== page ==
A Strange Noise

Creativity Can Be Shaped by Surprising Sources

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The other evening I walked in the front door and heard a strange clacking noise from upstairs. On the landing at the top of the second floor, I found my son Jack sitting at a small table typing on an Olivetti Studio 45 manual typewriter that I bought about 25 years ago. What a weird sight. Here was this sleek object that served one function only, to put words on paper. It contained no memory. It couldn't add. It couldn't even play a game of FreeCell. There were no cords, no batteries, no glowing lights. It just sat there, a simple object of beauty. For reasons beyond me, Jack had rescued this relic from the basement, ignored his new iMac and was happily writing a paper for school, unable to hit delete, cut and paste or correct his typos. I hope his teachers don't freak out.

For a moment I forgot about the economy and the pressures of an upcoming presentation, and enjoyed the nostalgic mechanical noise of an old typewriter. In fact, I started my career with that typewriter, pecking out ads, video scripts, brochures and speeches. I filled up pages with headlines, and then retyped a handful that I liked best. I tore up my share of first drafts, but more often I picked a direction, started writing and stuck with it. I just couldn't type fast enough to begin over.

It made me think about how the tools we choose define the creative process and how creative work morphs and evolves with new technologies. Sometimes, when the new tools emerge, the people who know how to use them don't always create the best work. Sometimes, great creative minds just can't master the new tools. But boy, when those two come together, you get work that redefines the creative experience. That alchemy is what so many of us aspire to in this business. How it happens will always be a mystery, but I still try to identify those qualities in people and agency culture that increase the odds for creative electricity.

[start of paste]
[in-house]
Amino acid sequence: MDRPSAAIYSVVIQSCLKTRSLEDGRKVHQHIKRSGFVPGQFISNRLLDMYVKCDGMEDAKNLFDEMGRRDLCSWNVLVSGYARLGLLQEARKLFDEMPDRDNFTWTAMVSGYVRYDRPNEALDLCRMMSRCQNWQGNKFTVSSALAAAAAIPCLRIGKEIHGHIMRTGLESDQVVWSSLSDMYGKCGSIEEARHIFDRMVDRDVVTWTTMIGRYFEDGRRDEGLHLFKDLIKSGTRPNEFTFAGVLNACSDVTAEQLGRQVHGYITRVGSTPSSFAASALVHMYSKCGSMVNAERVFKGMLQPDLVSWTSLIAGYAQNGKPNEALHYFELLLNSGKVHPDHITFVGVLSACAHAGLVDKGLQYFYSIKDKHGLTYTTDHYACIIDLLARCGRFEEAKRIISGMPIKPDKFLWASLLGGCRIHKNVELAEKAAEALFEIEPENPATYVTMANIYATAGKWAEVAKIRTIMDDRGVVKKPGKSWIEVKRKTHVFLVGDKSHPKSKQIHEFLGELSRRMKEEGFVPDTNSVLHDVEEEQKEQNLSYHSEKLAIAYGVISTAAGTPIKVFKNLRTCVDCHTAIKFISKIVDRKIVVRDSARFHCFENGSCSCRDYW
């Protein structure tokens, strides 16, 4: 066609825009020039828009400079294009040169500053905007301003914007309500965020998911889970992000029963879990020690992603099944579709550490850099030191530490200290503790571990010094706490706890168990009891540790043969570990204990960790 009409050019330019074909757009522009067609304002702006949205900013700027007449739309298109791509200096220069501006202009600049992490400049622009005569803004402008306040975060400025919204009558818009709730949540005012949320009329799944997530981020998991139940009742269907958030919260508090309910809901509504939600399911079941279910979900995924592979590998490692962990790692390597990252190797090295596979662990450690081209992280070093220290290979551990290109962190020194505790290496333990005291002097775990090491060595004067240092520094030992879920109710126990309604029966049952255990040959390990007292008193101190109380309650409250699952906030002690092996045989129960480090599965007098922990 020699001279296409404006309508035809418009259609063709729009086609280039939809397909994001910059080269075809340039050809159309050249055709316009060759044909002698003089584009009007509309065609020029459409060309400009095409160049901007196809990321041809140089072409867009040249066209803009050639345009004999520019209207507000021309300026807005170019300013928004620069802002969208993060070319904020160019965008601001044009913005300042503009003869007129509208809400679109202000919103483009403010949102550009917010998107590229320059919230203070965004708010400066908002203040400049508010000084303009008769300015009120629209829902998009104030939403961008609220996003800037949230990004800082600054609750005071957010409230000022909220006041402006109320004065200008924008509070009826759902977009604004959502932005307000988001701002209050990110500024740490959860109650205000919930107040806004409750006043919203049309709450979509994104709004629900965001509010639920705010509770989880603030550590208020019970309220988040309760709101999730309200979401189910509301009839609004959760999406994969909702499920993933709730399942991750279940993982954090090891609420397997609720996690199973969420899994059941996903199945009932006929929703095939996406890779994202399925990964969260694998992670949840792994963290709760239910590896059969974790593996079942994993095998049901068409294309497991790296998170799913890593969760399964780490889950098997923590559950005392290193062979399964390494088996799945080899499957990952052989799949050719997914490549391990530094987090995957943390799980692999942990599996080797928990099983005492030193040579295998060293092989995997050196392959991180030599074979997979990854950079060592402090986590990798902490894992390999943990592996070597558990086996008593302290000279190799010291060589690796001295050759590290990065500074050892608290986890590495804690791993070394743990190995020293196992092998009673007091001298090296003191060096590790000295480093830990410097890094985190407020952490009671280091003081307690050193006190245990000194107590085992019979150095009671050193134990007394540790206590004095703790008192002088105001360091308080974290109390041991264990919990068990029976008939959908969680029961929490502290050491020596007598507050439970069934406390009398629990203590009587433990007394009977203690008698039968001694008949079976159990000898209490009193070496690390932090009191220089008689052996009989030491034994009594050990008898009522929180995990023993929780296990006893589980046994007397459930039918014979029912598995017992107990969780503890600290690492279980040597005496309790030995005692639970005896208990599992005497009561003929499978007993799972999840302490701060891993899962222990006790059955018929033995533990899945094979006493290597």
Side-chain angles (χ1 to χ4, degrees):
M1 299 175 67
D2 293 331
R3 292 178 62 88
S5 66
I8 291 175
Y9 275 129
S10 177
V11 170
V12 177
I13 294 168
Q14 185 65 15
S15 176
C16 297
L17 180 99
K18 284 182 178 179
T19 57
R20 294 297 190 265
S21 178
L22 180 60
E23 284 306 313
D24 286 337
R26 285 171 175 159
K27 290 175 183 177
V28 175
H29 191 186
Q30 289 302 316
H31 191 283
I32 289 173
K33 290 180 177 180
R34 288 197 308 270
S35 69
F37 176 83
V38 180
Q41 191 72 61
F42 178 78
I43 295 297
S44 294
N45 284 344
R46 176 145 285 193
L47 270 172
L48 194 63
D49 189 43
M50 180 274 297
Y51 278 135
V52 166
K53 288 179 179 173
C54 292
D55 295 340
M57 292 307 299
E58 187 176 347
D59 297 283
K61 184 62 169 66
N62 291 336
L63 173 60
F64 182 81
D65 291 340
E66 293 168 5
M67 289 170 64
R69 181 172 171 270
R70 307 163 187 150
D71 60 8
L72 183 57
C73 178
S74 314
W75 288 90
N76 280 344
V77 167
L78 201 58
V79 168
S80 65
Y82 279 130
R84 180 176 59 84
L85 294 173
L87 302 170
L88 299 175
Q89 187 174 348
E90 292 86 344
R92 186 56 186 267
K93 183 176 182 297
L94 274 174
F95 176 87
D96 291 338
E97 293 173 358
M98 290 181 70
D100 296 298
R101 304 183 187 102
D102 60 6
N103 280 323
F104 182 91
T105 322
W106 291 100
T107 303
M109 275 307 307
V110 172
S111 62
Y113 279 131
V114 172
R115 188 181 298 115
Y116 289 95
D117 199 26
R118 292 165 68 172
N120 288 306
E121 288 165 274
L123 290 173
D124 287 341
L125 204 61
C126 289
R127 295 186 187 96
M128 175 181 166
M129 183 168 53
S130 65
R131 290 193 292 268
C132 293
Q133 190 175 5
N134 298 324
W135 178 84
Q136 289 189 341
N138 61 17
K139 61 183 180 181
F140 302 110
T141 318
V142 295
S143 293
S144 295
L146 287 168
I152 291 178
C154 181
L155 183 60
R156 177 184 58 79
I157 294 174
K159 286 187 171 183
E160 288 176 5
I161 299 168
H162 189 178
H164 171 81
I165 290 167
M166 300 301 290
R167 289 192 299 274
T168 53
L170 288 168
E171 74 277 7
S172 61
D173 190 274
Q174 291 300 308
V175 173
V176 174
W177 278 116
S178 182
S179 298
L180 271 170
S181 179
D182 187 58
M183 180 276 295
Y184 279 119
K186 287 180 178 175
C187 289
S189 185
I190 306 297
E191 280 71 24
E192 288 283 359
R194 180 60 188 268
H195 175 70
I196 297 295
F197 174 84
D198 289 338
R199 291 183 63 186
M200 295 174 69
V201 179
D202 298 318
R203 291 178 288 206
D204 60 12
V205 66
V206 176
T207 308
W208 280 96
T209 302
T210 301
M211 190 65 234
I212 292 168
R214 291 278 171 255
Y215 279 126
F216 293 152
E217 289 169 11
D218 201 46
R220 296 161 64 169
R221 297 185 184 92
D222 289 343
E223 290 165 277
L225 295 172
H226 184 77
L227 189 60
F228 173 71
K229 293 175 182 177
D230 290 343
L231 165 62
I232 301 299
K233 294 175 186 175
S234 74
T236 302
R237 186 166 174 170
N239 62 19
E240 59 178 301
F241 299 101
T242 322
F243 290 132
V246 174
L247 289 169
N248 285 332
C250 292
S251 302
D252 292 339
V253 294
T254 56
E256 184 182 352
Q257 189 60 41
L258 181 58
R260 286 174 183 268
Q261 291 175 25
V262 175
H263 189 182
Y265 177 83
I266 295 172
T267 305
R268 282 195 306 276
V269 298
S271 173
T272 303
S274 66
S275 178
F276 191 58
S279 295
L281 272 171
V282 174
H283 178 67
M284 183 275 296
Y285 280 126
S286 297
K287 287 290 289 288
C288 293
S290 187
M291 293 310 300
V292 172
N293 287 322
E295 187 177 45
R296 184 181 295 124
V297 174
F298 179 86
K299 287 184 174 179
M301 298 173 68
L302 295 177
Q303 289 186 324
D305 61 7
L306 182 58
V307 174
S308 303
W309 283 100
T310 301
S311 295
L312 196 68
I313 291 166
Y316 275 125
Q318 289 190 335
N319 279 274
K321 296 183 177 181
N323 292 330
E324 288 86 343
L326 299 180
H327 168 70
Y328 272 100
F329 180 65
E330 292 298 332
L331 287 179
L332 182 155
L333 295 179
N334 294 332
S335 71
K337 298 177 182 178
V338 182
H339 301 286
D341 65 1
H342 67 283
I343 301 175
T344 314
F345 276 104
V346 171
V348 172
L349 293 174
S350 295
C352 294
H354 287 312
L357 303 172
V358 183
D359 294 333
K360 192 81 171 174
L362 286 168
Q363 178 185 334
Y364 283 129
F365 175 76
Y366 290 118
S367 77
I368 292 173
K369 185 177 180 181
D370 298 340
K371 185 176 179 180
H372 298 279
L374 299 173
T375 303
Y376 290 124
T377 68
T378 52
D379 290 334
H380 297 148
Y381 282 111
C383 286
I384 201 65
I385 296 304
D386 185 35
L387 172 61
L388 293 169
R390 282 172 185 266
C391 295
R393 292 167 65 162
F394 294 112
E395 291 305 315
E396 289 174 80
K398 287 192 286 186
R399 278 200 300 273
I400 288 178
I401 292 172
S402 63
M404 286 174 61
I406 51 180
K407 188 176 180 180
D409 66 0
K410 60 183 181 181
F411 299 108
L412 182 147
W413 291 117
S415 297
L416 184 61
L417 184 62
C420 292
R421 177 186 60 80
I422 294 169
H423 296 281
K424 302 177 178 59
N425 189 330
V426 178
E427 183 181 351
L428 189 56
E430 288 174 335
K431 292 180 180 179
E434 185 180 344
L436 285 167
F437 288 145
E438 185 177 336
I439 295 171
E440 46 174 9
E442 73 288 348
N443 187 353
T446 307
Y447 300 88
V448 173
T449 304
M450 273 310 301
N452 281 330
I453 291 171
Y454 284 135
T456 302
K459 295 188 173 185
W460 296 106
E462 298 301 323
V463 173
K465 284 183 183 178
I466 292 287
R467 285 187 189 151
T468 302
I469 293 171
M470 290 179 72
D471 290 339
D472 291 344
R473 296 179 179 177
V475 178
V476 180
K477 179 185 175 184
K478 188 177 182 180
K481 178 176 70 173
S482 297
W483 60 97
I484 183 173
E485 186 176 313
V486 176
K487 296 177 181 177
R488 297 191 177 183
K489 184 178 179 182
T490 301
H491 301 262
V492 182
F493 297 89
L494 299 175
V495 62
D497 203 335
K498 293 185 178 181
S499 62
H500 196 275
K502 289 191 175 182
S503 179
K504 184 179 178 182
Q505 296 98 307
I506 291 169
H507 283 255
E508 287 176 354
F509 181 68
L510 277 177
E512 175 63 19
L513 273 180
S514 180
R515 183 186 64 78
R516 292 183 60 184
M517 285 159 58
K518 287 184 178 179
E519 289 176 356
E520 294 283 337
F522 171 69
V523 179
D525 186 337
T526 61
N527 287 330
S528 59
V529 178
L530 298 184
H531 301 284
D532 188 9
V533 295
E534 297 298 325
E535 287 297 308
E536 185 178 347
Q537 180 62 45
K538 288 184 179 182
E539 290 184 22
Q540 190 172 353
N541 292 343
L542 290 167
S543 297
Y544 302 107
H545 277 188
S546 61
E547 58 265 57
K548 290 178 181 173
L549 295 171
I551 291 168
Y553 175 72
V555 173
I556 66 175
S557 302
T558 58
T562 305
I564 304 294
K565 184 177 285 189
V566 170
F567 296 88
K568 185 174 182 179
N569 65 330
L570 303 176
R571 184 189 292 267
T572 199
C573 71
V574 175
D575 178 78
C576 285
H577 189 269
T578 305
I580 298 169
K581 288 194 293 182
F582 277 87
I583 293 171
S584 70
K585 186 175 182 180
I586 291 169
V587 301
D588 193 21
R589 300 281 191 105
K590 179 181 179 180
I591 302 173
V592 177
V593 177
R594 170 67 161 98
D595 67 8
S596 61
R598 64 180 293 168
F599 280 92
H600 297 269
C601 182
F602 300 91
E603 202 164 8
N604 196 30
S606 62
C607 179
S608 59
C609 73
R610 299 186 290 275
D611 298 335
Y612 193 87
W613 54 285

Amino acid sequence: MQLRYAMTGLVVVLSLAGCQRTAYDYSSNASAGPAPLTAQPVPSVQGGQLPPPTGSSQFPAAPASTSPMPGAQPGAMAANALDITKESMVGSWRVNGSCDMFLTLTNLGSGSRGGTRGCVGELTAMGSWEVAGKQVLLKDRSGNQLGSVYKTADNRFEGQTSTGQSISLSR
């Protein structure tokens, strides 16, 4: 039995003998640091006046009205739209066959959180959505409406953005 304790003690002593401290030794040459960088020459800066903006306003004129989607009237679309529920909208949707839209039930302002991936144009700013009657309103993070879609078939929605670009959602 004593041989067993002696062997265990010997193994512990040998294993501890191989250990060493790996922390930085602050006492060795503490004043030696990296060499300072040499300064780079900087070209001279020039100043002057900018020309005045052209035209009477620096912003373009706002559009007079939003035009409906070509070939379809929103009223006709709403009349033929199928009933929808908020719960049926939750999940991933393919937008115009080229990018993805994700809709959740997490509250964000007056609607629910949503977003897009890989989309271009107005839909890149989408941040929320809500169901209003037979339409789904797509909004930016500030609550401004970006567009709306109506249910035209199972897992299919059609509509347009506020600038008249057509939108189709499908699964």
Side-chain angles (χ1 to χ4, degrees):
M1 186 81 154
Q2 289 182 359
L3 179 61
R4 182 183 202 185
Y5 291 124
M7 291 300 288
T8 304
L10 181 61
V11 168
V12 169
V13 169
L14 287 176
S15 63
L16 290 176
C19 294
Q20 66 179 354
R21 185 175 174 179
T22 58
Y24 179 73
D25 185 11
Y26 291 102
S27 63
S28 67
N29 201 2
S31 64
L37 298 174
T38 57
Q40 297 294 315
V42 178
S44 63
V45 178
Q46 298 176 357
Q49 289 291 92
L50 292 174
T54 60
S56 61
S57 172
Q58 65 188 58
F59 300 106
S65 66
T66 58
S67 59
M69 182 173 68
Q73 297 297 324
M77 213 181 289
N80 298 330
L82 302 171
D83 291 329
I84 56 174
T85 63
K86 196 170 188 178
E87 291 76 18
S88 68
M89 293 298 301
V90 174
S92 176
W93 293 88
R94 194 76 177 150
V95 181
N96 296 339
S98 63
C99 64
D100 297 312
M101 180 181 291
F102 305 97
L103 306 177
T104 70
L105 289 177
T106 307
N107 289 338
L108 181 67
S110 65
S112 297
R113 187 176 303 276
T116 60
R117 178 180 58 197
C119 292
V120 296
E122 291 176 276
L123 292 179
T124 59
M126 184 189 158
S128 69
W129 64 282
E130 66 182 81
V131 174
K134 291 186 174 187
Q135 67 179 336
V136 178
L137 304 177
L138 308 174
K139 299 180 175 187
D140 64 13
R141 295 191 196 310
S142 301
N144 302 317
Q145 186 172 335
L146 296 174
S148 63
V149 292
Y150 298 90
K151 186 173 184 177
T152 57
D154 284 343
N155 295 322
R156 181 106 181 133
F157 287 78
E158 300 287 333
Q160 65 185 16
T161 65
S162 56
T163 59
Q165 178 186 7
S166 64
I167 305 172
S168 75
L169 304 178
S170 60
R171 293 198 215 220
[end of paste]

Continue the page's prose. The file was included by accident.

Every creative director in the world must have his own theories, but here are a handful of qualities that always get me excited when I'm talking to creative talent.

Creative trespassers. I love people who continually wander out of their own discipline: writers who sketch, art directors who want to design buildings, account people who like to write scripts. The ability to explore ideas in multiple disciplines dramatically expands a person's creative range.

Mastery of the tools. It doesn't matter if we're talking about a complicated Flash animation, or a Facebook page, great ideas come from a deep understanding of the tools that create the work. Today, creative people need to think and produce within the vocabulary of digital technologies. It's not enough to have an idea and then translate it into Flash or html. You have to create using the technologies that drive all the new digital channels.

Powerful hard drives. Ideas come from making surprising connections between things. The more source material the better. I recently had dinner with a creative director who talked intelligently about Greek mythology, watches, contemporary fiction and the economy. That was before the second bottle of wine.

Wired into the culture. In our business, we need to connect with people on a subconscious level. That can only happen when you're tapped into your audience's tastes, their hopes, and their passions. Increasingly, we're talking about being wired into the lives of specific subcultures, whether they are communities of scientists or Sneakerheads.

Childishness. Not to be confused with acting like a baby, but rather the ability to play and explore like a child. There's got to be a reason that a room full of creative people often feels like a preschool class. For the record, that's a good thing, and one of the reasons I love this business.

I'm glad I still own that Olivetti typewriter, and I'm glad my son experienced a computer-free way to express himself. But mostly I'm glad I'm not using it to write this blog.
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